Cover image for Panama : an historical novel
Panama : an historical novel
Boyd, Bill (William Young)
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Publication Information:
Sterling, Va. : Capital Books, [1999]

Physical Description:
viii, 196 pages : illustrations ; 24 cm
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On the eve of the Panama Canal's return to its motherland, this swashbuckling novel presents the full panoply of its dramatic history. As told through the eyes of George Roosevelt Phillips -- a fictional nephew of Teddy Roosevelt -- we feel the energy, of a brash young America full of Manifest Destiny, blasting a new path between the oceans we felt it was our right to rule. Readers are swept along with the Rough Riders up San Juan Hill in the Spanish-American War, then through the wild plains of Nicaragua and jungles of Panama as Phillips scouts out possible routes for the new canal and then monitors its progress -- both political and physical.We visit the drawing rooms and halls of Congress as the now infamous Hay-Bunau-Varilla Treaty is signed and the new nation of Panama is spawned by a US-inspired revolution in Colombia. We see the struggle to build the canal, and hold it, and meet a fascinating cast of heroes and adventurers, brilliant engineers and scientists, conniving diplomats, determined patriots and soldiers, and witness the hardships and setbacks of those who did the digging.Panamanian Bill Boyd's novel offers an insider's intriguing insight into a rich chapter in the history of the Americas.

Reviews 1

Publisher's Weekly Review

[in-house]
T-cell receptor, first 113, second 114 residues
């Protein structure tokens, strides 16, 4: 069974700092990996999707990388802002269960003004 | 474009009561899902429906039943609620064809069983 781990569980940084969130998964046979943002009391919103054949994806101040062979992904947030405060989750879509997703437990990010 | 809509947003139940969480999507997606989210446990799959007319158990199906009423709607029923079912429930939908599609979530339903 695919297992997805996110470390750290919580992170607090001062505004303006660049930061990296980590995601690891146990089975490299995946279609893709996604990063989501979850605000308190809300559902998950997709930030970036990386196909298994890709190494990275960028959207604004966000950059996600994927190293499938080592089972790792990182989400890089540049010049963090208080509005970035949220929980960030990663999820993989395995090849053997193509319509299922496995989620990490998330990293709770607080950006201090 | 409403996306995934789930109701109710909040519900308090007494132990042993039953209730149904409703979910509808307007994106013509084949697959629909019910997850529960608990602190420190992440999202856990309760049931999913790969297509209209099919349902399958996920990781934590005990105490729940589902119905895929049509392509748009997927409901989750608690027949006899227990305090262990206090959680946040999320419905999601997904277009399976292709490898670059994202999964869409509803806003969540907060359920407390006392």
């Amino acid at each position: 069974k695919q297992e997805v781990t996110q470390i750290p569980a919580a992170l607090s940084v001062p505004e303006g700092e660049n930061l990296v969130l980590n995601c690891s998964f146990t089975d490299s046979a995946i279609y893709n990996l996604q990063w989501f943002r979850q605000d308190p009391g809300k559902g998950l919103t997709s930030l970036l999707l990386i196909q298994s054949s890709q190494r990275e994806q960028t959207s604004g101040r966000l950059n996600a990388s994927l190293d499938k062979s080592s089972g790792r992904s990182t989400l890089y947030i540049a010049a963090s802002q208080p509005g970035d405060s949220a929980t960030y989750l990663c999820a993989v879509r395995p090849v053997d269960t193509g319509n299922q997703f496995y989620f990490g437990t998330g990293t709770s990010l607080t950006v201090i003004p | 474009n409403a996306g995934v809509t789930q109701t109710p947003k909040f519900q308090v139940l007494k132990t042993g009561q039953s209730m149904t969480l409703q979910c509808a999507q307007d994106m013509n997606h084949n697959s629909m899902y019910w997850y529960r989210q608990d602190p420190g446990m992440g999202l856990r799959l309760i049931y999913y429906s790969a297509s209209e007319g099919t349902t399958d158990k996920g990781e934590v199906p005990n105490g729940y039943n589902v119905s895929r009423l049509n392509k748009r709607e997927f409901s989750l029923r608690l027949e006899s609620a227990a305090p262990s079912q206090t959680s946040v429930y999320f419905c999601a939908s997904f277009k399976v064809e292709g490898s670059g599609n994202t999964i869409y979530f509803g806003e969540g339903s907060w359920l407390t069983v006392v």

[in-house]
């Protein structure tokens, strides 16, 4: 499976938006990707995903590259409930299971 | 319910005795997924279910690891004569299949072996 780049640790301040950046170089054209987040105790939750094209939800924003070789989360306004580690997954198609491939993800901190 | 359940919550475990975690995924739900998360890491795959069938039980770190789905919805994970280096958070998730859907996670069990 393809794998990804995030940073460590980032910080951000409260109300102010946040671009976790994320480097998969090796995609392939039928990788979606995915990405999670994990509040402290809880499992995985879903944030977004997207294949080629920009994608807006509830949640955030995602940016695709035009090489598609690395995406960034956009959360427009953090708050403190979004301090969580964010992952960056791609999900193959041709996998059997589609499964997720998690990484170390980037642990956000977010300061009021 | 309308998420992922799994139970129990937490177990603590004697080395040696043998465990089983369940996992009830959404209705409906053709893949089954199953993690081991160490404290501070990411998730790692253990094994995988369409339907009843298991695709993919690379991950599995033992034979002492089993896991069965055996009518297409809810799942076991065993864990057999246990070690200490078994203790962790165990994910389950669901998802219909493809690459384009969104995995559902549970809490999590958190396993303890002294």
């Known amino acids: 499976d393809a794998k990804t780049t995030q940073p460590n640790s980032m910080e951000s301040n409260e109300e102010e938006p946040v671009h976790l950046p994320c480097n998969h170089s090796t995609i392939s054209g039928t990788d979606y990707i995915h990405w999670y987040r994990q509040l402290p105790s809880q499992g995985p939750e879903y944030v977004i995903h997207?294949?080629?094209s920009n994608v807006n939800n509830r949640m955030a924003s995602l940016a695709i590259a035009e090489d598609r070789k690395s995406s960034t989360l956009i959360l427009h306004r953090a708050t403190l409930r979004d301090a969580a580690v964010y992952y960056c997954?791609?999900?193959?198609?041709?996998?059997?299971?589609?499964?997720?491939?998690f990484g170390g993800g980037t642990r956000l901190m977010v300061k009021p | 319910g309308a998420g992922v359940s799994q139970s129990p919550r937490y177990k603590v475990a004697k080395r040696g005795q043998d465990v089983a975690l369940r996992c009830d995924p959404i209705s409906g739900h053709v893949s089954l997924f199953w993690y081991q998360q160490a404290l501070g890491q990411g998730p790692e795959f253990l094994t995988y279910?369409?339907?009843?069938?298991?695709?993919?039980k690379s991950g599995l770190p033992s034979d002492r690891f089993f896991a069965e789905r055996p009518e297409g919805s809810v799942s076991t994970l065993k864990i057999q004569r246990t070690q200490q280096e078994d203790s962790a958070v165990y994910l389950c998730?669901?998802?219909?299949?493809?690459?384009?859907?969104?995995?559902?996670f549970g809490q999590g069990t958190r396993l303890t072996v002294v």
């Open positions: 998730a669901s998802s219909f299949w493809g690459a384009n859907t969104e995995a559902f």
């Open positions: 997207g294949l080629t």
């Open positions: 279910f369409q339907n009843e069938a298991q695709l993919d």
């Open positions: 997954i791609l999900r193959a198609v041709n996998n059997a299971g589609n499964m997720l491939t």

The U.S. hand-off of the Panama Canal on December 31, 1999, evidently drives the timely publication of Panamanian-born Boyd's (The Gentleman Infantryman) limping historical novel about the realpolitik of the canal's construction. Boyd's patrician hero, George Roosevelt Phillips II, after surviving the Spanish-American War with his uncle Teddy, finds himself posted to Nicaragua. Since the war, the United States has become convinced that a transoceanic canal is necessary for American military readiness, and George is involved in the surveying efforts. Seen through George's eyes, the history of the canal's construction provides a ready-made plot, complete with political intrigue and sudden reversals, from the contest between the lobbyists for Nicaragua and the then-Colombian province of Panama, through the negotiations with the French for their abandoned site and the creation of the Panamanian Republic, to the arduous engineering of the canal itself. Unfortunately, the historical events only show up Boyd's stiff fictional characters, one-dimensional historical figures and howlingly bad dialogue ("`Just think, Larry, George is a nephew of the president! Wow! He's a real gentleman, isn't he, Larry?'"). In a particularly unlikely sequence of events, George meets his future wife on the same day he discovers that his childhood sweetheart eloped with a horse thief and was subsequently shot to death. The novel's last third, covering the years from 1914 to the present, moves at a steady clip and stars George's son, William, who describes U.S. tenure over the canal from a diplomat's vantage point. For all Boyd's familiarity with Panamanian history, Panama reads like a misconceived footnote to Gore Vidal's fiction of the American empire's evolution, overlaid with the cloying sensibilities of a romantic novel. (Dec.) (c) Copyright PWxyz, LLC. All rights reserved